In developing the Strategic Plan, the SEC took into account the information gleaned from meetings with the many external parties with which the agency interacts on a regular basis, including members of Congress and congressional committees, investors, businesses, financial market participants, academics, and other experts and stakeholders. This includes formal outreach efforts through the SEC’s Investor Advisory Committee, Advisory Committee on Small and Emerging Companies, and Fixed Income Market Structure Advisory Committee; Commission-sponsored roundtables focused on specific issues; the agency’s Annual Government-Business Forum on Small Business Capital Formation; the SEC’s annual conference with the North American Securities Administrators Association; and solicitations of public comments on Commission rule proposals and strategic plans.
The SEC values independent, high-quality assessments of our performance against our goals and desired strategic objectives. Such assessments help measure our progress so we can take action, as needed, to refine our programs or allocate resources accordingly. Various audits, studies, and evaluations of SEC programs and securities industry-related issues have been completed since the release of the agency’s previous Strategic Plan, and these have served as important resources in the development of this Strategic Plan. In particular, the SEC considered the findings from recent independent audits of the agency’s performance conducted by the Government Accountability Office and the SEC’s Office of Inspector General . The SEC also considered the results of internal assessments and evaluations of the agency’s performance, including those reported in the agency’s Annual Performance Report  In the coming years, the SEC will continue to draw on evaluations from a variety of sources to improve our programs.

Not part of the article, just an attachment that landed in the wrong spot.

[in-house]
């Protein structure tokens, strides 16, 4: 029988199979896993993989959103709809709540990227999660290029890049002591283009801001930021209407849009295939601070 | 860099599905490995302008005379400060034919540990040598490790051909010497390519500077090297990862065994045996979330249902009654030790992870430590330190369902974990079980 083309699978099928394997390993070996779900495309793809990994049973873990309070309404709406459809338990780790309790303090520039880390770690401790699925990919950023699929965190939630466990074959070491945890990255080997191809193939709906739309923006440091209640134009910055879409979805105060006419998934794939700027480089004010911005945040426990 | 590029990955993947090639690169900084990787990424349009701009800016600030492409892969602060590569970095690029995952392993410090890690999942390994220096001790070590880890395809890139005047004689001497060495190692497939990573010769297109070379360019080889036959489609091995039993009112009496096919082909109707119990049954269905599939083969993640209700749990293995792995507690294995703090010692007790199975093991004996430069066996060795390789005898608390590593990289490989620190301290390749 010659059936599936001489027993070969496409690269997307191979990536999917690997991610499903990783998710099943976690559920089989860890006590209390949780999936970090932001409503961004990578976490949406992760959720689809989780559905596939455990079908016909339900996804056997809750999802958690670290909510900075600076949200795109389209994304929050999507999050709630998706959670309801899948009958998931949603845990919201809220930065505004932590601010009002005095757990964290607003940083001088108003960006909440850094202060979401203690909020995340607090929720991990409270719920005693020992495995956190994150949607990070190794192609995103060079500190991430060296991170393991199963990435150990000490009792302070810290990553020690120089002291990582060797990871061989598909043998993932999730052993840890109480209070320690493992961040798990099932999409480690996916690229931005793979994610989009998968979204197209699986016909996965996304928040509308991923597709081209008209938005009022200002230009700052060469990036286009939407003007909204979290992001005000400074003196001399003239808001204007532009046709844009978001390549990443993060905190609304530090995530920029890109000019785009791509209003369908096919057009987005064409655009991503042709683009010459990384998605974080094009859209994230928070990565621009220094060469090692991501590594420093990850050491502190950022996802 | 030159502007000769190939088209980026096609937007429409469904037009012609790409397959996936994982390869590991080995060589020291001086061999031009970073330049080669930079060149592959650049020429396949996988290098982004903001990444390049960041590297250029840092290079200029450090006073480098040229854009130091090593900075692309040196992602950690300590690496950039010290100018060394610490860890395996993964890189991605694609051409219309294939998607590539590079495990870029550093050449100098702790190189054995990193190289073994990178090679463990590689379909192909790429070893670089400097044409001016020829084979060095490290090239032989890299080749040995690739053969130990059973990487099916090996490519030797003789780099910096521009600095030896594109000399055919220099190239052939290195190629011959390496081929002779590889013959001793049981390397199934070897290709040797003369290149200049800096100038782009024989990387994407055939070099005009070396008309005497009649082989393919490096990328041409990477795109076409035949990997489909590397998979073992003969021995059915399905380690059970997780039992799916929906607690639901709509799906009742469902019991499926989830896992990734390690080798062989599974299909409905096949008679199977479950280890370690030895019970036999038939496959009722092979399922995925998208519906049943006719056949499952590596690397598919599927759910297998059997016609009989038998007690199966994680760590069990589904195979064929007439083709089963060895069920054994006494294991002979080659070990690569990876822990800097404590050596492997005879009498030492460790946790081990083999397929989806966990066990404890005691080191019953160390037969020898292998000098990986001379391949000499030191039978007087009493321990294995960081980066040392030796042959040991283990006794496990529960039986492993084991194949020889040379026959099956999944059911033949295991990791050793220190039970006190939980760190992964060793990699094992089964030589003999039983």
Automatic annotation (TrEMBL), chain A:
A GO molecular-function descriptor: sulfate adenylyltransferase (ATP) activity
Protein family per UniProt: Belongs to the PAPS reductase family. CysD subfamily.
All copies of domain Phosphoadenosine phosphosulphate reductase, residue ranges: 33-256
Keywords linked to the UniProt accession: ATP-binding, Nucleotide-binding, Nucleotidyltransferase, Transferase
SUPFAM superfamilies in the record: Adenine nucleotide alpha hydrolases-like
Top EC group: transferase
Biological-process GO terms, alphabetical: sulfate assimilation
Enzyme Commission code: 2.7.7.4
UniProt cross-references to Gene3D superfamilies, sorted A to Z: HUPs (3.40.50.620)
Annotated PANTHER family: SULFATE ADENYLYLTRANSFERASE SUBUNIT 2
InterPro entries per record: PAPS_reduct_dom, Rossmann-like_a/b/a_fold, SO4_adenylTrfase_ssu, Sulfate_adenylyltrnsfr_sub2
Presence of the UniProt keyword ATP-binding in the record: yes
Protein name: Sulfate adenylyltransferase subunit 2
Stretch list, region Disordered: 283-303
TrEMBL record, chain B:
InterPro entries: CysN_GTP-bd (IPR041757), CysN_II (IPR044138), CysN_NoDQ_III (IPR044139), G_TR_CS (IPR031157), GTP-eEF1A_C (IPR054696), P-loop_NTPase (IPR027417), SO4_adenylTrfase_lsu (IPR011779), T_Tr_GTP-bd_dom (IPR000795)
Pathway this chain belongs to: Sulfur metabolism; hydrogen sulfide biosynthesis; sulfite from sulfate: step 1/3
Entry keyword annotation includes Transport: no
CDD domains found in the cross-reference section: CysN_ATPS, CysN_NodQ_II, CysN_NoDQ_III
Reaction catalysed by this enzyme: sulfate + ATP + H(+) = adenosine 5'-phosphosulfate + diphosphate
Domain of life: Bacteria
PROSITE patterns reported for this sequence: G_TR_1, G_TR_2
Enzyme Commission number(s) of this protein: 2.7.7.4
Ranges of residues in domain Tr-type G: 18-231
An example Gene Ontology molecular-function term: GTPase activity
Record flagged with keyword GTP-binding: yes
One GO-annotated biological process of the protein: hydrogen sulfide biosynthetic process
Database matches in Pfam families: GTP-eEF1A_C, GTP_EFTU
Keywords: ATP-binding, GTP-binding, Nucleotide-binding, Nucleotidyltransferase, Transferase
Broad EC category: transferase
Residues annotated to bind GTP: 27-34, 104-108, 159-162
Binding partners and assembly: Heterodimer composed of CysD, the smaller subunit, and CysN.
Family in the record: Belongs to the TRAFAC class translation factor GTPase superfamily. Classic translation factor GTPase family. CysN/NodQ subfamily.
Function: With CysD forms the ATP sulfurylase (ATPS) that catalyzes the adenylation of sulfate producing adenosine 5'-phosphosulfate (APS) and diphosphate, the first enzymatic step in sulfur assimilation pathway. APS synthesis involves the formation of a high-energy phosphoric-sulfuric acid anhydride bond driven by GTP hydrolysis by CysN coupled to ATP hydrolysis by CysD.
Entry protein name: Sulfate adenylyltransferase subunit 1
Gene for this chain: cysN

While the initiatives outlined in this Strategic Plan are intended to address our top priorities over the next four years, it must be mentioned that there are, of course, risks to, and limitations on, our ability to achieve our strategic goals. Some of these risks and limitations are operational in nature, such as those pertaining to key technology systems or oversight of outside vendors who support SEC programs, and other risks that result from external sources, such as new forms of fraud, evolution of financial products, or changes to funding levels and the availability of qualified personnel. Accordingly, the SEC continues to build our enterprise risk management program, supported by representatives from SEC divisions and offices, to strengthen our ability to proactively identify, assess, and mitigate risks to attaining our mission. We also are committed to developing and strengthening our human capital.
We firmly believe that the SEC’s continued commitment to enterprise risk management and human capital management will strengthen our ability to achieve the ambitious goals set forth in this Plan.
Modified: Oct. 11, 2018